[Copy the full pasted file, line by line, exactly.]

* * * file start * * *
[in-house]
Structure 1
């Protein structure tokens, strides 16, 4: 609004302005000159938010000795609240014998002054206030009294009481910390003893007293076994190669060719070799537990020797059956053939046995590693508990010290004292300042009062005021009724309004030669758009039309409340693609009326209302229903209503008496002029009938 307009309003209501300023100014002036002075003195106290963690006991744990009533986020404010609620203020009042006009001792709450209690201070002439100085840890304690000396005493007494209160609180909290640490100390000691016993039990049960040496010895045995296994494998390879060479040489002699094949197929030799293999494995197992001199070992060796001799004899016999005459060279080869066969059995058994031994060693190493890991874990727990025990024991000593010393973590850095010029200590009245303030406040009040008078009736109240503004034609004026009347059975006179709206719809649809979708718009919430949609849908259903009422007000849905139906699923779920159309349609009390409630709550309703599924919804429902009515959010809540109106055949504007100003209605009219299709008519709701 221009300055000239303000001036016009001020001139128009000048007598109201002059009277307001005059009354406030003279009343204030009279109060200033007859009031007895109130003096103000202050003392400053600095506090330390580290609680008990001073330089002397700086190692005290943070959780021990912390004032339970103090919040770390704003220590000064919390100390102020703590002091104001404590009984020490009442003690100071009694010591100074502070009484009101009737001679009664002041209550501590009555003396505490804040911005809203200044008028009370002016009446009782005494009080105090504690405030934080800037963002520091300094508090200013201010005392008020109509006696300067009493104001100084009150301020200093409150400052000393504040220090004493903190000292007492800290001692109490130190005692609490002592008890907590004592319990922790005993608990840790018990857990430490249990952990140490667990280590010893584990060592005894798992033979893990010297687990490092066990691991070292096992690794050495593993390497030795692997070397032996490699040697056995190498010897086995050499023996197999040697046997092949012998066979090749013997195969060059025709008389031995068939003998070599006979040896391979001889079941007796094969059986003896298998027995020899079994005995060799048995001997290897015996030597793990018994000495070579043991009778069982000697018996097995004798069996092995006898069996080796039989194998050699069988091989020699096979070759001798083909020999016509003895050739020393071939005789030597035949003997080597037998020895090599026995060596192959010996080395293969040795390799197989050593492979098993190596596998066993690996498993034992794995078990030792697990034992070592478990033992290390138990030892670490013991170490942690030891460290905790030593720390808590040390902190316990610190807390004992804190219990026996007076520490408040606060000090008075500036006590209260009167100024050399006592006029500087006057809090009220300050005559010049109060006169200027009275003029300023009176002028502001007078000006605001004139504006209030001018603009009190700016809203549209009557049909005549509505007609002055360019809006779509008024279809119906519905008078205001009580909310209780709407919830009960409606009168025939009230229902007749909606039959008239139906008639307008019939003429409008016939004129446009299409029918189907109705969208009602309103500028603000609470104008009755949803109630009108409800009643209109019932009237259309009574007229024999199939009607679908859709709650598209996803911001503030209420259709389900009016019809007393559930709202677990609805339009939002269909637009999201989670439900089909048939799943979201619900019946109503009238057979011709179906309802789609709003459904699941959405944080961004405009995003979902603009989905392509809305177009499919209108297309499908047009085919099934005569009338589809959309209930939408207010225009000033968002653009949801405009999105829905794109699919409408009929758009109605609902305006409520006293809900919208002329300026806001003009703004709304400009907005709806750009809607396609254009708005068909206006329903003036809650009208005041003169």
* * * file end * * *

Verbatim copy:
[in-house]
Structure 1
């Protein structure tokens, strides 16, 4: 609004302005000159938010000795609240014998002054206030009294009481910390003893007293076994190669060719070799537990020797059956053939046995590693508990010290004292300042009062005021009724309004030669758009039309409340693609009326209302229903209503008496002029009938 307009309003209501300023100014002036002075003195106290963690006991744990009533986020404010609620203020009042006009001792709450209690201070002439100085840890304690000396005493007494209160609180909290640490100390000691016993039990049960040496010895045995296994494998390879060479040489002699094949197929030799293999494995197992001199070992060796001799004899016999005459060279080869066969059995058994031994060693190493890991874990727990025990024991000593010393973590850095010029200590009245303030406040009040008078009736109240503004034609004026009347059975006179709206719809649809979708718009919430949609849908259903009422007000849905139906699923779920159309349609009390409630709550309703599924919804429902009515959010809540109106055949504007100003209605009219299709008519709701 221009300055000239303000001036016009001020001139128009000048007598109201002059009277307001005059009354406030003279009343204030009279109060200033007859009031007895109130003096103000202050003392400053600095506090330390580290609680008990001073330089002397700086190692005290943070959780021990912390004032339970103090919040770390704003220590000064919390100390102020703590002091104001404590009984020490009442003690100071009694010591100074502070009484009101009737001679009664002041209550501590009555003396505490804040911005809203200044008028009370002016009446009782005494009080105090504690405030934080800037963002520091300094508090200013201010005392008020109509006696300067009493104001100084009150301020200093409150400052000393504040220090004493903190000292007492800290001692109490130190005692609490002592008890907590004592319990922790005993608990840790018990857990430490249990952990140490667990280590010893584990060592005894798992033979893990010297687990490092066990691991070292096992690794050495593993390497030795692997070397032996490699040697056995190498010897086995050499023996197999040697046997092949012998066979090749013997195969060059025709008389031995068939003998070599006979040896391979001889079941007796094969059986003896298998027995020899079994005995060799048995001997290897015996030597793990018994000495070579043991009778069982000697018996097995004798069996092995006898069996080796039989194998050699069988091989020699096979070759001798083909020999016509003895050739020393071939005789030597035949003997080597037998020895090599026995060596192959010996080395293969040795390799197989050593492979098993190596596998066993690996498993034992794995078990030792697990034992070592478990033992290390138990030892670490013991170490942690030891460290905790030593720390808590040390902190316990610190807390004992804190219990026996007076520490408040606060000090008075500036006590209260009167100024050399006592006029500087006057809090009220300050005559010049109060006169200027009275003029300023009176002028502001007078000006605001004139504006209030001018603009009190700016809203549209009557049909005549509505007609002055360019809006779509008024279809119906519905008078205001009580909310209780709407919830009960409606009168025939009230229902007749909606039959008239139906008639307008019939003429409008016939004129446009299409029918189907109705969208009602309103500028603000609470104008009755949803109630009108409800009643209109019932009237259309009574007229024999199939009607679908859709709650598209996803911001503030209420259709389900009016019809007393559930709202677990609805339009939002269909637009999201989670439900089909048939799943979201619900019946109503009238057979011709179906309802789609709003459904699941959405944080961004405009995003979902603009989905392509809305177009499919209108297309499908047009085919099934005569009338589809959309209930939408207010225009000033968002653009949801405009999105829905794109699919409408009929758009109605609902305006409520006293809900919208002329300026806001003009703004709304400009907005709806750009809607396609254009708005068909206006329903003036809650009208005041003169």